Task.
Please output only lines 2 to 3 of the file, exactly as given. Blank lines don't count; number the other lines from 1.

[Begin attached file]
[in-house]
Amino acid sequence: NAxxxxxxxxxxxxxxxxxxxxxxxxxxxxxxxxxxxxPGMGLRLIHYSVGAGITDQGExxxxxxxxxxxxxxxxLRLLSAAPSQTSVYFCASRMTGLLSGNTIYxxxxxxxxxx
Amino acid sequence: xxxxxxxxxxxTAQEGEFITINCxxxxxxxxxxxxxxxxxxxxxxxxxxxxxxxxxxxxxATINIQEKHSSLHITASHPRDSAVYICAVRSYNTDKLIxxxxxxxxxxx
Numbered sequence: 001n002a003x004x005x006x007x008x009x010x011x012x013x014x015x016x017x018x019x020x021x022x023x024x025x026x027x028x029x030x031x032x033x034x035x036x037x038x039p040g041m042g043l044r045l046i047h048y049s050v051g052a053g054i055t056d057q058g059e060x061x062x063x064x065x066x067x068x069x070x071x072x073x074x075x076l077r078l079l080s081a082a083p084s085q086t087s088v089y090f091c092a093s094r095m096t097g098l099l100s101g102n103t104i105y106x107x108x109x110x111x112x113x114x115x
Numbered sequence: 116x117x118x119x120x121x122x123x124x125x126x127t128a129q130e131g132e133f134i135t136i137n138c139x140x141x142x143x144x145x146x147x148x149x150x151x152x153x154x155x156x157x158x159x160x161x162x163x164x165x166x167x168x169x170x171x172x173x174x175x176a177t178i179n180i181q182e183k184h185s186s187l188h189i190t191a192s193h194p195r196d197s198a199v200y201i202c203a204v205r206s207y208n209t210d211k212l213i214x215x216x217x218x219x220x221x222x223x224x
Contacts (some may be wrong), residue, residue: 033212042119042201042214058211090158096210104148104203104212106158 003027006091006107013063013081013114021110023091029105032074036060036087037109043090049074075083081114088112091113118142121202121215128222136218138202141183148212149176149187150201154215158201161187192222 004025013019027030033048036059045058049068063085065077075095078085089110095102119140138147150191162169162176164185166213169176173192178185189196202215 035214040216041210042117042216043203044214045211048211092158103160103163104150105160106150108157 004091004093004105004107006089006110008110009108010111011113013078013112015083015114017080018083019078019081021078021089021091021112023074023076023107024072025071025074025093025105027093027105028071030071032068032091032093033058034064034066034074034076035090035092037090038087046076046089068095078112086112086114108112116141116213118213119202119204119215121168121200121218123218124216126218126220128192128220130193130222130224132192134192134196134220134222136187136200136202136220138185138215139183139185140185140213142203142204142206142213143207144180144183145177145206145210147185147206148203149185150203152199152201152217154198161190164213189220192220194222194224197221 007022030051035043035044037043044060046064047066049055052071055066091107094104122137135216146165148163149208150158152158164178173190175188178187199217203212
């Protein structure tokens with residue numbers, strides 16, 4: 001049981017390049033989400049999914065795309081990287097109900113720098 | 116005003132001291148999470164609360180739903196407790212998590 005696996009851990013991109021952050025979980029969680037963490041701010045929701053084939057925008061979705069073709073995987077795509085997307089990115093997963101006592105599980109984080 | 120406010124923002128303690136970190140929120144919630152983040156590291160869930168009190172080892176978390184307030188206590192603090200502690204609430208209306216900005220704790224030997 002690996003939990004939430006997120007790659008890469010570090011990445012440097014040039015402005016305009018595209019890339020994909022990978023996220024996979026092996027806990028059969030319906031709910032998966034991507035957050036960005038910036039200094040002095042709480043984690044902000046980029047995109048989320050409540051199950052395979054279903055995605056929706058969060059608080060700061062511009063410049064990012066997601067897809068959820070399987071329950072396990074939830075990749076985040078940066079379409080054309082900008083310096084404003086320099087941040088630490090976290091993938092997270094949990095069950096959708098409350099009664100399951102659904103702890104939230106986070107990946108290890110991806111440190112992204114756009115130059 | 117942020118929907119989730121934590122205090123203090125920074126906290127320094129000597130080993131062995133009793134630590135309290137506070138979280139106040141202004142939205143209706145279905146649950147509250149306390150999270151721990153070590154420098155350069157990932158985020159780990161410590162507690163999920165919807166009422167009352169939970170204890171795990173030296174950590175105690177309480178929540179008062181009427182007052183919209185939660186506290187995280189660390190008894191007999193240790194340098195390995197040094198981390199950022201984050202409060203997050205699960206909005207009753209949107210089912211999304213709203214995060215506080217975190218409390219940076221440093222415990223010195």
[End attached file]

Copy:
Amino acid sequence: NAxxxxxxxxxxxxxxxxxxxxxxxxxxxxxxxxxxxxPGMGLRLIHYSVGAGITDQGExxxxxxxxxxxxxxxxLRLLSAAPSQTSVYFCASRMTGLLSGNTIYxxxxxxxxxx
Amino acid sequence: xxxxxxxxxxxTAQEGEFITINCxxxxxxxxxxxxxxxxxxxxxxxxxxxxxxxxxxxxxATINIQEKHSSLHITASHPRDSAVYICAVRSYNTDKLIxxxxxxxxxxx